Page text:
We bought a new faucet with a sprayer. The only problem was that the extra hole in the sink wasn’t large enough for the sprayer. That required a second trip to the hardware store for a drill bit that could cut through stainless steel.

We also bought a new garbage disposal since the one we had was old, loud, and not very effective. The problem was that the one we bought worked via a switch unlike our existing one which turned on by turning the sink stopper. This dilemma required us to get an electrical estimate. But of course, we could just get an estimate on the switch. We aslo had the electrician estimate the cost of installing several switches, outlets, can lights and moving some light fixtures in preparation for new kitchen lighting. The estimate came in at just under $1000.

Whoa…..hold on. Lets re-cap.

A leaky dishwasher has so far led to:

$3000 for a new refrigerator, stove, dishwasher and disposal
$1110 in new warranty parts for the faulty new appliances
$40 in plumbing supplies
$150 for a Sunday plumbing emergency
$79 for a new faucet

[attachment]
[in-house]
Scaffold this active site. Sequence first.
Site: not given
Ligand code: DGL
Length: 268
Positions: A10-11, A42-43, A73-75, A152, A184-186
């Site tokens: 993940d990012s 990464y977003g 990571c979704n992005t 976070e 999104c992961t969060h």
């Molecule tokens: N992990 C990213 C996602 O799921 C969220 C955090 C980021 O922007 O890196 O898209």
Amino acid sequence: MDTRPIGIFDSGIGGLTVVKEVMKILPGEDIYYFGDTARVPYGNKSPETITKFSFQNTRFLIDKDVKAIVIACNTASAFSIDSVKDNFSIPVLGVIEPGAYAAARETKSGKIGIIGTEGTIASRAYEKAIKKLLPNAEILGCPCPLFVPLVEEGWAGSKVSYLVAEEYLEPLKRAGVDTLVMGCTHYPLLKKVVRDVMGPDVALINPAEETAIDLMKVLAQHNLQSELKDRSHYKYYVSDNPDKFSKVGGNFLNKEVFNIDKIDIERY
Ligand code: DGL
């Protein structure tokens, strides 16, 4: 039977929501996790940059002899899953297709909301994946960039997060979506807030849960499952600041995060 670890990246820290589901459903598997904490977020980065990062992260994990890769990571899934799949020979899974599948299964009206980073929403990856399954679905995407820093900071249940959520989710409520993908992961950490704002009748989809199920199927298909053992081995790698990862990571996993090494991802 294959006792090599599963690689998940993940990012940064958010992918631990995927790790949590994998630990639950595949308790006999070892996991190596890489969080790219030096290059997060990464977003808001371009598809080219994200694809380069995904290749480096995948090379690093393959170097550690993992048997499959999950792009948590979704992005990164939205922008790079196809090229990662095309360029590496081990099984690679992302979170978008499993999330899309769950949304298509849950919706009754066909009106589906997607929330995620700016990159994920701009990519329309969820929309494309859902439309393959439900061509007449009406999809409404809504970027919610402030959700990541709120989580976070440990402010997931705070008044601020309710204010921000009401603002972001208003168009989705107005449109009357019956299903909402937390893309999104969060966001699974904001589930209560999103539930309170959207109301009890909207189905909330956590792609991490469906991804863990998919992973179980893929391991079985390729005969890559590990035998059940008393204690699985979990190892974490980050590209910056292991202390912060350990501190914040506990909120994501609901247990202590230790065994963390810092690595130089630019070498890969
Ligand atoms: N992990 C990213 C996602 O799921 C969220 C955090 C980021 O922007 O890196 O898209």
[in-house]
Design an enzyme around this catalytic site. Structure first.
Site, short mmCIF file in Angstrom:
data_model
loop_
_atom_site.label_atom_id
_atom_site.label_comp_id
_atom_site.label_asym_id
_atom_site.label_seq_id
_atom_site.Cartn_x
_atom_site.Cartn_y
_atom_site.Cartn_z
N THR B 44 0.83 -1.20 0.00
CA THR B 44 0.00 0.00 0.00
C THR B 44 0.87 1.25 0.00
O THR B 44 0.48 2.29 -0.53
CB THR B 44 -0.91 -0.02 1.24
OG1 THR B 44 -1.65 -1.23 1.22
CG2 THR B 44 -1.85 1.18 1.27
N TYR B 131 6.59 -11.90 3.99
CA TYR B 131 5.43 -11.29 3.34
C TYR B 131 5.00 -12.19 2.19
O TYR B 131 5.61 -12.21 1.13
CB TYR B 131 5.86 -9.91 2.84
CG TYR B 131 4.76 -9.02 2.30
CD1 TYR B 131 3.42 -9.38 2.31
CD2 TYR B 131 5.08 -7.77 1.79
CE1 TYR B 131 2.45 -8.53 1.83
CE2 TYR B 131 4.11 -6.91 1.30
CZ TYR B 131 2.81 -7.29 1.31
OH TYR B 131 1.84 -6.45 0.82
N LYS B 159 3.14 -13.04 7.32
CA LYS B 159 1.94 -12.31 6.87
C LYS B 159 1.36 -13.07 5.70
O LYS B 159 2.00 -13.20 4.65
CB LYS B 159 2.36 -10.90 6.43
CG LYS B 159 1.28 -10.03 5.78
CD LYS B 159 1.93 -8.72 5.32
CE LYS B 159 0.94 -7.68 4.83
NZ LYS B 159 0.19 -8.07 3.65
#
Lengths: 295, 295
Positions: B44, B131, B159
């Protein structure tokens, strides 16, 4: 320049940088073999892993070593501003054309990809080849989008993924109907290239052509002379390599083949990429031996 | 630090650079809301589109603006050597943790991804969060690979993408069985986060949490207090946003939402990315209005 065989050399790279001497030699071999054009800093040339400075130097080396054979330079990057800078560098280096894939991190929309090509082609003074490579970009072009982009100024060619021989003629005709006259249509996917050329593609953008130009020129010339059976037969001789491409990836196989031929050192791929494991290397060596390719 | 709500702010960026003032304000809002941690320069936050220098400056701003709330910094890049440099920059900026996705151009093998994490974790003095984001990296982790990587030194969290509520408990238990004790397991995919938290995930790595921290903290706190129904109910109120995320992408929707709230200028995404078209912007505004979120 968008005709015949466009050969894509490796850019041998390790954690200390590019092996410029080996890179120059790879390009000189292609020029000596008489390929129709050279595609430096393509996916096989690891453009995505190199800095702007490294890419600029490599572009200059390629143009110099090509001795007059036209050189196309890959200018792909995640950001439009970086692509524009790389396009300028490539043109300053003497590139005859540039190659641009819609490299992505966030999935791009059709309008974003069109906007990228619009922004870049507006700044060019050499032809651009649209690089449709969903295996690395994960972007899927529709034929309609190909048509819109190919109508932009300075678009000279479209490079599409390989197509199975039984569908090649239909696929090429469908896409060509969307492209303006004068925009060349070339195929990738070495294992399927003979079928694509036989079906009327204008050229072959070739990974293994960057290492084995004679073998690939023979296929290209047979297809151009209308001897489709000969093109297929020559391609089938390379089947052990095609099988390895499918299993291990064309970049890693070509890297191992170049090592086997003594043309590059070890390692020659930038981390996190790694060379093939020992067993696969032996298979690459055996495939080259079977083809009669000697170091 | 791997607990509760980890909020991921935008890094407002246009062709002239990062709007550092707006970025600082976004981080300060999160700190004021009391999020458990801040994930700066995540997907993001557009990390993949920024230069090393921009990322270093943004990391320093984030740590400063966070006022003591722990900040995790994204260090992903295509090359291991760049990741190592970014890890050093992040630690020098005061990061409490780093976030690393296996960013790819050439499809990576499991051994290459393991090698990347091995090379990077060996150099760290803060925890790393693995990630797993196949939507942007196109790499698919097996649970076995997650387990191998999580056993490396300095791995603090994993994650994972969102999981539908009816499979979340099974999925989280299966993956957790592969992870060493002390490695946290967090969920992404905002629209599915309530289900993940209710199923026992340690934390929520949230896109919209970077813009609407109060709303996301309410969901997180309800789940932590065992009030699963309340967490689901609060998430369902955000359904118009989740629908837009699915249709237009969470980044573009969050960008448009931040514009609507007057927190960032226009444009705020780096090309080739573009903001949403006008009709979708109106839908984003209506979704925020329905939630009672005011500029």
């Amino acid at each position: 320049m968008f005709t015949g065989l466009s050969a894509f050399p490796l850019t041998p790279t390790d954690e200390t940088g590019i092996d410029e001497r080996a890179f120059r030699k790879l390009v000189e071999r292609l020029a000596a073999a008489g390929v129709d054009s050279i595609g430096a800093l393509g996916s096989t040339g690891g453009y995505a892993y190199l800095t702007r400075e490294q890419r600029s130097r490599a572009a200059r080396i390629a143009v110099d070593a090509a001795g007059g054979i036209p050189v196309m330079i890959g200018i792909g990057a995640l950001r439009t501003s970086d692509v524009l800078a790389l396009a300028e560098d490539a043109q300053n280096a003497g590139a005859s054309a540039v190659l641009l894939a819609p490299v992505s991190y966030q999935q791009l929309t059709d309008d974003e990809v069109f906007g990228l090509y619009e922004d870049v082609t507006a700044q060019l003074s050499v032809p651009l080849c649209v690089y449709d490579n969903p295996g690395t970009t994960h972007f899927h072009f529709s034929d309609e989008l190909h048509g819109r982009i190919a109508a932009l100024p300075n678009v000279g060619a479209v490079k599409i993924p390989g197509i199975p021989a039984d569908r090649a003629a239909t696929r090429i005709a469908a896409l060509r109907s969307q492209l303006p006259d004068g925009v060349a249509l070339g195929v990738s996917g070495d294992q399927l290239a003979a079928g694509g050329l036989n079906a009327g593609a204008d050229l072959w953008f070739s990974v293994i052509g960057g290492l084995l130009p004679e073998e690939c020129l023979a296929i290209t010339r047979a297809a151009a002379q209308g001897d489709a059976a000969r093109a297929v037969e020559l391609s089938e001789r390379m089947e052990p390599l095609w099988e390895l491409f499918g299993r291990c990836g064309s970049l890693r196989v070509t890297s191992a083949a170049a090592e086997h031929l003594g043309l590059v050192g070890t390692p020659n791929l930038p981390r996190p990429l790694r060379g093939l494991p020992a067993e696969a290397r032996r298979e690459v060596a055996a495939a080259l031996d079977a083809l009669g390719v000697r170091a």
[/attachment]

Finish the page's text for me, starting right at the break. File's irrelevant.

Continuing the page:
$15 for a stainless steel drill bit to install the new faucet
$10 in damaged non-stainless steel drill bits that sadly were defeated by our sink
$1000 estimate for electrical work
Not to mention countless man hours, time off of work, gas for redundant trips to the hardware store, mental sanity and poisoning the purity of my dogs by sharing a few choice words that I won’t repeat here.

We set some priorities. Install the faucet, sprayer and the dishwasher. Then we’ll be back to normal everyday operating procedures. The disposal and the lighting are going to have to wait.

That was over a month ago. We’re fine now. Really. Although, we’ve recently noticed that the dishwasher door doesn’t latch correctly….good grief.

Thursday, July 27, 2006

Making up for lost time...

Apparently I'm on a roll today as I've done 3 posts (4 if you count this one) in the last couple of hours. Enjoy!

The Goodyear Blimp Vists DYSB

Not sure why I found this interesting enough to post, but this made a pass near our house a few weeks ago.

Contest: Name that Spider

The lovely wife happened upon this fearsome 8-legged creature in our backyard the other day. He's hanging out on the inside wall of a cinder block.

The first person to identify it along with providing photographic proof of your claim will win an actual brick from our house.

Just think, you'll be the proud owner of a Stickley brick. Okay, so Stickley didn't actually make the brick but its a brick from a Stickley house. What a coversation piece! What a fantastic paperweight!

Your brick will arrive with a certificate of authenticity which pretty much equates to a photo of me in my crawl space hand selecting your brick.

Good luck and play fair. Post your answers to the comments section with a link to a photo of your guess.